The point is that this post is about underrated movies and I think this is one. This is such a good movie that it should be regarded as highly as Gladiator or the Lord of the Rings Trilogy. Yet it sits there as a movie everybody likes but then kind of forgets about. This is such a well acted, well directed movie that it deserves so much more.

2) Pitch Black

Much like Master and Commander this is an awesome movie that deserves more respect. Beautifully shot, brilliantly tense and well acted it's a sci fi classic that needs more support.

It's a shame that the grungy junk tech of the first movie was replaced by a gothic feel in the second movie but that doesn't invalidate the first movie in any way. Plus Riddick is awesome in this movie.

1) Tombstone

Man I LOVE this movie. It has "badass" stamped right through it. A truly magnificent film and it baffles me that it is not more widely respected.

From Val Kilmer's Doc Holliday to the brothers and the Cowboys the cast does a brilliant job. The gunfight at the OK Corrall is very well done, the dialogue is snappy and endlessly quotable and at the centre of it all Wyatt Earp is a spirit of vengeance played with perfect menace and drive by Kurt Russell.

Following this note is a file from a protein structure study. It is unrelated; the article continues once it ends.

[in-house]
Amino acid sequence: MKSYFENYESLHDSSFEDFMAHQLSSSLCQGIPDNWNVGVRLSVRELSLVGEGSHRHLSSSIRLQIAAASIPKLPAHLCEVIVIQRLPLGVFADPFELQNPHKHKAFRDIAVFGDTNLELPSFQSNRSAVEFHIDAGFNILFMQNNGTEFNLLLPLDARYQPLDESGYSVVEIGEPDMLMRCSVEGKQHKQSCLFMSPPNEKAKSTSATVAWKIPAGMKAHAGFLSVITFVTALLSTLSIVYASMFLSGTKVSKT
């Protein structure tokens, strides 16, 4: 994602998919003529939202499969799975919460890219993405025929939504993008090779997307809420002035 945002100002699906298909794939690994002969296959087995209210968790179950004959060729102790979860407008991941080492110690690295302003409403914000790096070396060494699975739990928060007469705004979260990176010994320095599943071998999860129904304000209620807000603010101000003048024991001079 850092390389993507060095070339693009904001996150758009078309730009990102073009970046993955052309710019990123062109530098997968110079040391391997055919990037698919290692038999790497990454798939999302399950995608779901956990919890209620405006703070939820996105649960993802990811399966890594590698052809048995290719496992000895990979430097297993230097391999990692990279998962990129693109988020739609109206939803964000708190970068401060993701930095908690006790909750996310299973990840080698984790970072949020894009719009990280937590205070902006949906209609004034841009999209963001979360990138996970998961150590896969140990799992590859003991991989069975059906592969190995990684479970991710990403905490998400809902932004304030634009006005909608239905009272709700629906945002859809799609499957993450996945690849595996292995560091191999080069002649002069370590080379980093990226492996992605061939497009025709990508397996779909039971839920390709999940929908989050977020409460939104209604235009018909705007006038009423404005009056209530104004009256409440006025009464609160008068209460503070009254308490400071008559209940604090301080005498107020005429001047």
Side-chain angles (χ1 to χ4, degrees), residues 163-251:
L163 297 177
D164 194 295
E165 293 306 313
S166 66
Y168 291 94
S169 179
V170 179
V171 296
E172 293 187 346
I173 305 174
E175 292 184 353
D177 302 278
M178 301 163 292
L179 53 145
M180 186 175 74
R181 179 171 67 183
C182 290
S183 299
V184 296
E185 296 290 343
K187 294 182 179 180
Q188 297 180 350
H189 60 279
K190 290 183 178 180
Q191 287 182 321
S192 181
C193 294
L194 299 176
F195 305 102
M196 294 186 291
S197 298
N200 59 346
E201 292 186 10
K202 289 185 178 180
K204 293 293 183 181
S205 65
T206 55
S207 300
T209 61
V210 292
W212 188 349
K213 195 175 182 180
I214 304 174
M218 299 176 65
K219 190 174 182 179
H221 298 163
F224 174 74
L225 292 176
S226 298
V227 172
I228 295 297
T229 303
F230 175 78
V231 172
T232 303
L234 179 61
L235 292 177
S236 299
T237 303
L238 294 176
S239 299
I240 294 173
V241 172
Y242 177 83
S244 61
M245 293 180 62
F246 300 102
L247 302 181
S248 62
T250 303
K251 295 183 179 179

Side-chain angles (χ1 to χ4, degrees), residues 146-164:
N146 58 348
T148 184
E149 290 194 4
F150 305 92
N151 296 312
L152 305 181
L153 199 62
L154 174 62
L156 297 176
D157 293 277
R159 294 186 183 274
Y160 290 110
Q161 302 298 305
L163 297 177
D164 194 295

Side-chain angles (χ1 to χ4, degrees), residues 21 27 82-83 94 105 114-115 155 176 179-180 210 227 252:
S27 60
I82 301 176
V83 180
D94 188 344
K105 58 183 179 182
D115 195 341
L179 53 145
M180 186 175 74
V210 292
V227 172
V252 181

This is a great movie, if you haven't watched it go find it now.

Your resident critic

Fall of Camelot

Thursday, 7 July 2011

PvP (or how I learned to stop worrying and panel the shit out of Charlie Bellows)

Hi all

A certain lurker has asked that I talk about PvP or Player vs Player for the uninitiated. Actually he requested a rant. Now, I'm all for a good rant about stuff but in this case a rant is not exactly warranted. The reason is that I'm not opposed to PvP in all circumstances.

PvP is a contentious issue. Some people love it, some people hate it. Now before I begin to outline my views I must say that generally I think it's not the done thing. In fact, it sucks. Losing your character isn't nice but to lose it to another PC is even worse. It means that someone has taken the conscious decision to end your character. It's not a monster, it's not a bad roll or an unfortunate mobbing in LARP, it's personal.